This weekend Saturday night marks the end of a two-year long community-based concert series, Tom Paynter’s The Caroline Sessions. To celebrate, a Last Waltz event of sorts is being held at Saint Arnold Brewing Company, complete with new musical collaborations, the recording of a live album and of course a long-form video of the affair. This will be the most special of all Caroline Sessions because the artists playing (Frank Freeman, Chase Hamblin, Matt Harlan, Andrew Karnavas, Clory Martin, Corey Power, and Melissa Savcic) have designed a unique show including once-in-a-lifetime collaborations with each other and other TBD special guests. Tickets are $15 for this event which include beverages from Saint Arnold’s taps. This is a must see event that will sell out, thanks in no small part to the popularity of Saint Arnold Brewing Company. Buy ‘em here.

The Caroline Sessions are something I’ve been extremely proud of since it began. In many ways, the ideals of Caroline Collective helped to shape the design of this event series as a whole: community, collaboration, and overcoming shared challenges. In the original conception, up-and-coming bands would play in a comfortable setting to friends and fans, working on new material or their live show. Audience members would be via invite only or open to the community at large and would eat, drink, and mingle during the show. Following the event, video and audio of select songs would be provided for the band for them to use online to promote themselves and book additional shows. None of these events were to have an associated cost: audience members would bring their own food/drink or contribute to a community tip jar, artists would be given audio and video for free.

The overall goal was to lower the barrier for artists to work on their craft, receive instant feedback on their performance and generate rich media (audio and video) that they can use to promote themselves and book additional shows in the future. There was the hope that the small audience in attendance would allow the bands intimate contact with those who could help support them as fans in the future. Also in the plans were for the bands who would play to forge new musical collaborations with artists they shared the bill with, something you’ll see in action on Saturday.

Tom Paynter and his small group of collaborators deserve a world of credit for producing this event, almost without fail every month for the last two years. Caroline Sessions has grown into much more than the original idea, opened up to the general public and inviting the community to join in the event by bringing food, drink, friends and family. This comfortable, backyard BBQ setting has let us all see some well known Houston artists as well as the new ones. The Caroline Sessions hosted the Japanese Nuclear Relief Concert, held remote sessions at Buffalo Bayou Brewery, Culture Map, Spring Street Studios, and now returns to Saint Arnold Brewing Company for its finale. Along the way Gorrealah Soul descended interrupting a holiday show, artists held a group sing-a-long, and Ben Wesley played on the roof.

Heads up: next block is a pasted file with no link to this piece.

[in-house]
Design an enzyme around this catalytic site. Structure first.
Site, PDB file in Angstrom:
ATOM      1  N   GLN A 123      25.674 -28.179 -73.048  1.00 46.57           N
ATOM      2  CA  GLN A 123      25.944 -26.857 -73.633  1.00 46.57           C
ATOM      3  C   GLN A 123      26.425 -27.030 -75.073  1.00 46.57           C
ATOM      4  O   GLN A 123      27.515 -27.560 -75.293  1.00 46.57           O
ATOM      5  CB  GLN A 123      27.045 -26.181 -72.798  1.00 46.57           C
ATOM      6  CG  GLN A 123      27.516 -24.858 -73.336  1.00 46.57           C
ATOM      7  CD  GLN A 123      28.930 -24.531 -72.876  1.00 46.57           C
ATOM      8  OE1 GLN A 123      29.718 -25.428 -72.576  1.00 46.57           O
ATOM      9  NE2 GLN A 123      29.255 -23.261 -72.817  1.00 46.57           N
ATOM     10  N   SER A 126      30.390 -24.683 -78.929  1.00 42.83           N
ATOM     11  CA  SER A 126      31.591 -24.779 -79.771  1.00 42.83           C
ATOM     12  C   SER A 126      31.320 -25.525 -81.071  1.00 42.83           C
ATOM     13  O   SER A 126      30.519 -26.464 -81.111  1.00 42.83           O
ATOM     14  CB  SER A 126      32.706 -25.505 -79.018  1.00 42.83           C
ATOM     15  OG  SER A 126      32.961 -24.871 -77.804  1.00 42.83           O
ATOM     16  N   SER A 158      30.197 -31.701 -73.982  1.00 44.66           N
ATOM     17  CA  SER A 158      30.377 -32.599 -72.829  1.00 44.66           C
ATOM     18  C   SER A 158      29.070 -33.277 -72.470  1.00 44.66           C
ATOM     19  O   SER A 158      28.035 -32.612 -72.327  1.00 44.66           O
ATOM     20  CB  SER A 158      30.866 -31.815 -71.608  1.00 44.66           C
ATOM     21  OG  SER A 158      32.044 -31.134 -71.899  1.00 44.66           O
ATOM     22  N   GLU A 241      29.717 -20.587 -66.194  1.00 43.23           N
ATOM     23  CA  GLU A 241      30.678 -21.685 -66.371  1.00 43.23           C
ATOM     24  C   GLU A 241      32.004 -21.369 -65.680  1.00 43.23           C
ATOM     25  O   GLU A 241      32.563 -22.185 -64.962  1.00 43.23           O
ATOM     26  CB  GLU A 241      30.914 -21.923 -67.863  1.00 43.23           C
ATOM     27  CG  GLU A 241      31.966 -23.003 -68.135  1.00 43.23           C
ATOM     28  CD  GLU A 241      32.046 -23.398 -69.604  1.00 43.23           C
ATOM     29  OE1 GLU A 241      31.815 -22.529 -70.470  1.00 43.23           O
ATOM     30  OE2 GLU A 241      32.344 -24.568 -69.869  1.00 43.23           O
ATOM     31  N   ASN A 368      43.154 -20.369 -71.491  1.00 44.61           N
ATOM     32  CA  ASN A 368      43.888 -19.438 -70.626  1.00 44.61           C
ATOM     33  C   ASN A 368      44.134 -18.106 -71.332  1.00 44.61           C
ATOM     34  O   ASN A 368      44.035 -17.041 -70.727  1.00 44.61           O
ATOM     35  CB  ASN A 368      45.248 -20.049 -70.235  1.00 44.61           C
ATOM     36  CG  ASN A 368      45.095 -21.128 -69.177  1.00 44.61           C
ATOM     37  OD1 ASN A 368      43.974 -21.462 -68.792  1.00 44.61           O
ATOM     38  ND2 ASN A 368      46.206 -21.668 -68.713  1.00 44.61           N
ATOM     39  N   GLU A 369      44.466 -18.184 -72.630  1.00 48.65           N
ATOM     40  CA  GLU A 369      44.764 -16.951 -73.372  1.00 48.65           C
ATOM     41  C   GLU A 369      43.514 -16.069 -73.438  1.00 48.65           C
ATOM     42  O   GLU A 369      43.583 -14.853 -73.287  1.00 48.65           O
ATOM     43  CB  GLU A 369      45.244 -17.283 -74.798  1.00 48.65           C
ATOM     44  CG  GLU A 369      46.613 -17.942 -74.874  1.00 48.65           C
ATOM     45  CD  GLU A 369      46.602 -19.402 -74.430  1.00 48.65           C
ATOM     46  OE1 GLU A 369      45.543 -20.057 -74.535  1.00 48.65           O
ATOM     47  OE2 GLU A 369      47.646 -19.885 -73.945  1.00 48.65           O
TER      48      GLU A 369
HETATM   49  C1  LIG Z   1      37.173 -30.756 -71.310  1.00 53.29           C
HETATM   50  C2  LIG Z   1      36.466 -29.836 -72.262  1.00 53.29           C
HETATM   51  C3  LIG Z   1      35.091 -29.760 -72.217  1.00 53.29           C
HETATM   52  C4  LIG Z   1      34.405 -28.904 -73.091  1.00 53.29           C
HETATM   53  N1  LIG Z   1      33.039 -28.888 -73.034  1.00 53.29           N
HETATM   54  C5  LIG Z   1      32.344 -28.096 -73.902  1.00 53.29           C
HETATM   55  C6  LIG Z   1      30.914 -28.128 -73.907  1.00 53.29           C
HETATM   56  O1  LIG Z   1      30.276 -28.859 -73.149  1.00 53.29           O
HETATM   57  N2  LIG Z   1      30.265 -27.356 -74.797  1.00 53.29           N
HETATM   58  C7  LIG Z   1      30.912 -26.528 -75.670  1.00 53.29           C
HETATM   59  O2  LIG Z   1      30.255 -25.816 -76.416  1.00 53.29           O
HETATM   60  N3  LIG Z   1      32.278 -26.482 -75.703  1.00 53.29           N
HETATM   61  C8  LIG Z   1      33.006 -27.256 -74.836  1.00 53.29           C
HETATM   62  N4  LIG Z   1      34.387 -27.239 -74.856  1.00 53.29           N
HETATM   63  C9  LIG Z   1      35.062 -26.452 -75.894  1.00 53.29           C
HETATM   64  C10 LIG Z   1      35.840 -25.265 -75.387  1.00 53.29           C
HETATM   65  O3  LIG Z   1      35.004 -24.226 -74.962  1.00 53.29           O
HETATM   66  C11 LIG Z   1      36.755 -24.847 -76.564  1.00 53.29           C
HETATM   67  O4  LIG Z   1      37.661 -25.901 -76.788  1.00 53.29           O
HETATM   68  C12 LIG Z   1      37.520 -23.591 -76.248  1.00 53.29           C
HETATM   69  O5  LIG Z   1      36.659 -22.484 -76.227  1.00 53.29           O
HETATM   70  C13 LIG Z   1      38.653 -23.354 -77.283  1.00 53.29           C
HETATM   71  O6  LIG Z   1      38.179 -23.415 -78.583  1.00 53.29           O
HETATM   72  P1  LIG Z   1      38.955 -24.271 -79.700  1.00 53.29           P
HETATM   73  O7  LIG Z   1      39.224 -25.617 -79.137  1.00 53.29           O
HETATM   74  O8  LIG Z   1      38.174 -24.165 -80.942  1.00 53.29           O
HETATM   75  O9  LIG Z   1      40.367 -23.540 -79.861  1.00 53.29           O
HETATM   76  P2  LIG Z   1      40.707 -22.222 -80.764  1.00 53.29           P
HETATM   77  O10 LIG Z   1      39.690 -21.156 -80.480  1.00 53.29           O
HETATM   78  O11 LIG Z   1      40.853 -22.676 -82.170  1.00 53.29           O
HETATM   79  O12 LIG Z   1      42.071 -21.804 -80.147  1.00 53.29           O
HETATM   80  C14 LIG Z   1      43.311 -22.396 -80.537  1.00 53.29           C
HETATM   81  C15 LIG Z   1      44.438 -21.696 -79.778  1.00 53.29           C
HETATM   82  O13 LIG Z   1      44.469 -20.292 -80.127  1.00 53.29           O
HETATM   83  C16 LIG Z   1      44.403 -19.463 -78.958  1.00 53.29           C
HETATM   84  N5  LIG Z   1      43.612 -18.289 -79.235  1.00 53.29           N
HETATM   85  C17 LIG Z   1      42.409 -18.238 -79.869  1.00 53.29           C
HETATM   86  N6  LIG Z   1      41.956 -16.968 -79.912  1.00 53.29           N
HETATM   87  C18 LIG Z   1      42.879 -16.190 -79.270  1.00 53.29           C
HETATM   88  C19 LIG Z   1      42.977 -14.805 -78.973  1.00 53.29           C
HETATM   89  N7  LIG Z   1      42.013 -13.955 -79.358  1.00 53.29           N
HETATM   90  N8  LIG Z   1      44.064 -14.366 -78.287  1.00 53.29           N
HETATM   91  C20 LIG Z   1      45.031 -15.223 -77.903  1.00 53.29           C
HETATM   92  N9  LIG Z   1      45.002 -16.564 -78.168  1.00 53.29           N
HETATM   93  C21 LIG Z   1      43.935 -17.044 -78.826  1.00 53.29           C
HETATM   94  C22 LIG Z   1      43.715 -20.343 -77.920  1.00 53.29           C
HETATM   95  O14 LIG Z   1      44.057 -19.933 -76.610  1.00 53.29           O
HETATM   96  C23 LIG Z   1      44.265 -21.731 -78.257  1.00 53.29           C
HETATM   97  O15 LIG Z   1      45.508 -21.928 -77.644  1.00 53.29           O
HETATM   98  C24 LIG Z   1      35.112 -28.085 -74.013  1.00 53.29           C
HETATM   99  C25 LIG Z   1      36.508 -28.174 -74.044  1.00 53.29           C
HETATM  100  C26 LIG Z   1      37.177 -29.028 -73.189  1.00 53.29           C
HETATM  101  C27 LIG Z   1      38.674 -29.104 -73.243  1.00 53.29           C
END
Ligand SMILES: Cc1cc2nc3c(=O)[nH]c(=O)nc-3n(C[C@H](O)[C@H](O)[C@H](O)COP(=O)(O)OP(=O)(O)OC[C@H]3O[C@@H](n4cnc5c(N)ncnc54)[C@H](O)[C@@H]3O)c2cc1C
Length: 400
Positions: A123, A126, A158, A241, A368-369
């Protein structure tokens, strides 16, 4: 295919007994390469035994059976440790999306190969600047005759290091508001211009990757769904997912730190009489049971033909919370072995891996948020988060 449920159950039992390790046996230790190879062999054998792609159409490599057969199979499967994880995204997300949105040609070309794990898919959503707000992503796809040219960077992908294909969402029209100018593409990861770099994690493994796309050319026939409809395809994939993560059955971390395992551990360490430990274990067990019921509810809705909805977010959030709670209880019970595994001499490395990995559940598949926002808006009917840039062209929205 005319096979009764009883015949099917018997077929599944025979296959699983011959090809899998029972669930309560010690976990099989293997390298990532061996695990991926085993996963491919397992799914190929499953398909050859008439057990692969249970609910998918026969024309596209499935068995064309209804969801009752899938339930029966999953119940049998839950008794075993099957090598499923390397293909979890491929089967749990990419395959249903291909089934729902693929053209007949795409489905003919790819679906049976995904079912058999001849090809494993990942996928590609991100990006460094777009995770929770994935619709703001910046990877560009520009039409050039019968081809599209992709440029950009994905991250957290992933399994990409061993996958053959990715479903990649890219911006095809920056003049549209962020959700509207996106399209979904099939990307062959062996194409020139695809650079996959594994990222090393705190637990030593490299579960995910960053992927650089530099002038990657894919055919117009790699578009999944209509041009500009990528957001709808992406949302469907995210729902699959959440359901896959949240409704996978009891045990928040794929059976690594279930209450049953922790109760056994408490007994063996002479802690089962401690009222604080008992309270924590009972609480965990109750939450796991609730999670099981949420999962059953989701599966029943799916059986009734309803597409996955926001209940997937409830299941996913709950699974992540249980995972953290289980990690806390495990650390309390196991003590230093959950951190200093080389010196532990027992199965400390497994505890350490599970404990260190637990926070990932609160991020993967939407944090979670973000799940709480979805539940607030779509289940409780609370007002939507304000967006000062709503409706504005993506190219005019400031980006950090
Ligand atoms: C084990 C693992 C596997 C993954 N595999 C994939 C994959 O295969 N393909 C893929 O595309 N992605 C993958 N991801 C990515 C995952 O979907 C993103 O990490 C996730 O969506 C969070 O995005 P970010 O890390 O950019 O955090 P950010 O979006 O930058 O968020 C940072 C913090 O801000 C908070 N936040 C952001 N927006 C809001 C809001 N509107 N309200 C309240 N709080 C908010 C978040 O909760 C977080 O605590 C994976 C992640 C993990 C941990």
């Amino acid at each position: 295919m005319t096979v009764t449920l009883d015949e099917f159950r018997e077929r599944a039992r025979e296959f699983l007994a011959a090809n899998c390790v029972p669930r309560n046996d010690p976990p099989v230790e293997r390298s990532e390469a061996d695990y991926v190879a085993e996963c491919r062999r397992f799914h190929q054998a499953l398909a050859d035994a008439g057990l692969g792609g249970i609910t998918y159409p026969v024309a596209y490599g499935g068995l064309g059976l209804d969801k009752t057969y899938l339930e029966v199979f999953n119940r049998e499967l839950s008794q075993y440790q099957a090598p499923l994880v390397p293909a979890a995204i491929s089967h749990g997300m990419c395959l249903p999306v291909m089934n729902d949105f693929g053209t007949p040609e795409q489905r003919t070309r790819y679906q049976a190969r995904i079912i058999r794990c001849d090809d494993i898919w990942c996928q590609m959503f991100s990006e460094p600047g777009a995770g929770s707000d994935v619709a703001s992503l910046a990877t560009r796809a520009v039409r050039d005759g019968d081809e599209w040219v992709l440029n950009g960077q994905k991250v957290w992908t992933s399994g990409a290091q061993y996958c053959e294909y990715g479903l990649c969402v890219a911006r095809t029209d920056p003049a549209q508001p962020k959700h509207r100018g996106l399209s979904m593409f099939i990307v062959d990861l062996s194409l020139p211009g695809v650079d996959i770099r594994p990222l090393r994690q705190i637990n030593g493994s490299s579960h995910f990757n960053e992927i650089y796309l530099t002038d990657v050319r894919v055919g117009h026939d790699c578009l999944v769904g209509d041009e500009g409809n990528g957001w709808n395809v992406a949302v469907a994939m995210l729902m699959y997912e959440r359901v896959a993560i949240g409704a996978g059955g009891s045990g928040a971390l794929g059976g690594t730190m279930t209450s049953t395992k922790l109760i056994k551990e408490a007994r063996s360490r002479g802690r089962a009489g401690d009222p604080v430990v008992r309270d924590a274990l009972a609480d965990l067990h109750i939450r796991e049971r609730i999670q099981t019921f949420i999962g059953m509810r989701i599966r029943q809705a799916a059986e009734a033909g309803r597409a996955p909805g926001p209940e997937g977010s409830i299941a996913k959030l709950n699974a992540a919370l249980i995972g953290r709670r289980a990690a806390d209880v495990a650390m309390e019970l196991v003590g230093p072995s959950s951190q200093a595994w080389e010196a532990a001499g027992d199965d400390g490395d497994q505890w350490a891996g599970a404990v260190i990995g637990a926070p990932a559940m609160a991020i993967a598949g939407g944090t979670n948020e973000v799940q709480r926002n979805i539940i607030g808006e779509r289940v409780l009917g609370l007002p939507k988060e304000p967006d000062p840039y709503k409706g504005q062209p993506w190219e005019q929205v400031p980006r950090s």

See video of Ben Wesley playing on the roof of Caroline Collective here. Hope to see all of you at this exciting closer of one of Houston’s great ongoing concert series.


  1. Mandy

    “In many ways, the ideals of Caroline Collective helped to shape the design of this event series as a whole: community, collaboration, and overcoming shared challenges.” Well said, sir. Sessions is/was a testament to the community you built. The crazy, no-boundaries, roll-up-your-sleeves-and-get-dirty dreams … while I’m sad ‘the fat lady is singing’ for Sessions, these things have a specific time and place and purpose. And those moments will live in infamy over beers in ‘This one time, at Caroline…’ stories.

    Posted July 25, 2012 at 3:53 pm | Permalink

  2. The event raises funds for Noah’s Kitchen. Last year’s One Pot raised $3,800, which provided the less fortunate with food, gently used clothing and the resources that will help them find medical help, shelter, employment and housing.

    Posted September 16, 2013 at 9:01 pm | Permalink

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